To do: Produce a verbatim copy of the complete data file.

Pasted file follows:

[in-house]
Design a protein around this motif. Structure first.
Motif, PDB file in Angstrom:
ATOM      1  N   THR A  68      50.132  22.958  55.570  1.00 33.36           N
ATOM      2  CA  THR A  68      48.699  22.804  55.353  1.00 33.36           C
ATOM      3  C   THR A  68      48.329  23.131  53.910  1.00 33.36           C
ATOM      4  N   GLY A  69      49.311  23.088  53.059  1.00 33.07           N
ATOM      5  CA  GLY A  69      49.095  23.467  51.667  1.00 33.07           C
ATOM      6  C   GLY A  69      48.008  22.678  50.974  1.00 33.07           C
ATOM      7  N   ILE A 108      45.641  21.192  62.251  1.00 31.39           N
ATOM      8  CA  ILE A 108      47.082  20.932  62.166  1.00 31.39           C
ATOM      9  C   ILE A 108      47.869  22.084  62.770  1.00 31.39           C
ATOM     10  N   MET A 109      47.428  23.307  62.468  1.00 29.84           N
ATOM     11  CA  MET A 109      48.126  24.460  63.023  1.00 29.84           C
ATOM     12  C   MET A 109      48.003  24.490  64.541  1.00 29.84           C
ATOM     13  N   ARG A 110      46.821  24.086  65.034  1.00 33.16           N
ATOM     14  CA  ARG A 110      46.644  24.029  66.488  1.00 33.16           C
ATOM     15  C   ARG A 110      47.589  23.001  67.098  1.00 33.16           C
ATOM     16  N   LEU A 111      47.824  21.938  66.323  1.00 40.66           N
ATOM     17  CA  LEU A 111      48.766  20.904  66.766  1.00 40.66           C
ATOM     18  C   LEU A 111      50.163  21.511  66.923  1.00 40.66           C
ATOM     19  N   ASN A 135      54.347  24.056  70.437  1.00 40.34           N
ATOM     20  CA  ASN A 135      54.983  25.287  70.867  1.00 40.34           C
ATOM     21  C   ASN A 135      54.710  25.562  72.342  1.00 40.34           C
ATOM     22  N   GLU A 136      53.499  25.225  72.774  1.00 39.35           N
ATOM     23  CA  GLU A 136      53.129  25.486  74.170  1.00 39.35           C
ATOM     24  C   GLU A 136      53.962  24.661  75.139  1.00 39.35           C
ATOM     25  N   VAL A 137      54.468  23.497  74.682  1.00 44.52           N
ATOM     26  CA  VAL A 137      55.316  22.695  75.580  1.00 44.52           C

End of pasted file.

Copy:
[in-house]
Design a protein around this motif. Structure first.
Motif, PDB file in Angstrom:
ATOM      1  N   THR A  68      50.132  22.958  55.570  1.00 33.36           N
ATOM      2  CA  THR A  68      48.699  22.804  55.353  1.00 33.36           C
ATOM      3  C   THR A  68      48.329  23.131  53.910  1.00 33.36           C
ATOM      4  N   GLY A  69      49.311  23.088  53.059  1.00 33.07           N
ATOM      5  CA  GLY A  69      49.095  23.467  51.667  1.00 33.07           C
ATOM      6  C   GLY A  69      48.008  22.678  50.974  1.00 33.07           C
ATOM      7  N   ILE A 108      45.641  21.192  62.251  1.00 31.39           N
ATOM      8  CA  ILE A 108      47.082  20.932  62.166  1.00 31.39           C
ATOM      9  C   ILE A 108      47.869  22.084  62.770  1.00 31.39           C
ATOM     10  N   MET A 109      47.428  23.307  62.468  1.00 29.84           N
ATOM     11  CA  MET A 109      48.126  24.460  63.023  1.00 29.84           C
ATOM     12  C   MET A 109      48.003  24.490  64.541  1.00 29.84           C
ATOM     13  N   ARG A 110      46.821  24.086  65.034  1.00 33.16           N
ATOM     14  CA  ARG A 110      46.644  24.029  66.488  1.00 33.16           C
ATOM     15  C   ARG A 110      47.589  23.001  67.098  1.00 33.16           C
ATOM     16  N   LEU A 111      47.824  21.938  66.323  1.00 40.66           N
ATOM     17  CA  LEU A 111      48.766  20.904  66.766  1.00 40.66           C
ATOM     18  C   LEU A 111      50.163  21.511  66.923  1.00 40.66           C
ATOM     19  N   ASN A 135      54.347  24.056  70.437  1.00 40.34           N
ATOM     20  CA  ASN A 135      54.983  25.287  70.867  1.00 40.34           C
ATOM     21  C   ASN A 135      54.710  25.562  72.342  1.00 40.34           C
ATOM     22  N   GLU A 136      53.499  25.225  72.774  1.00 39.35           N
ATOM     23  CA  GLU A 136      53.129  25.486  74.170  1.00 39.35           C
ATOM     24  C   GLU A 136      53.962  24.661  75.139  1.00 39.35           C
ATOM     25  N   VAL A 137      54.468  23.497  74.682  1.00 44.52           N
ATOM     26  CA  VAL A 137      55.316  22.695  75.580  1.00 44.52           C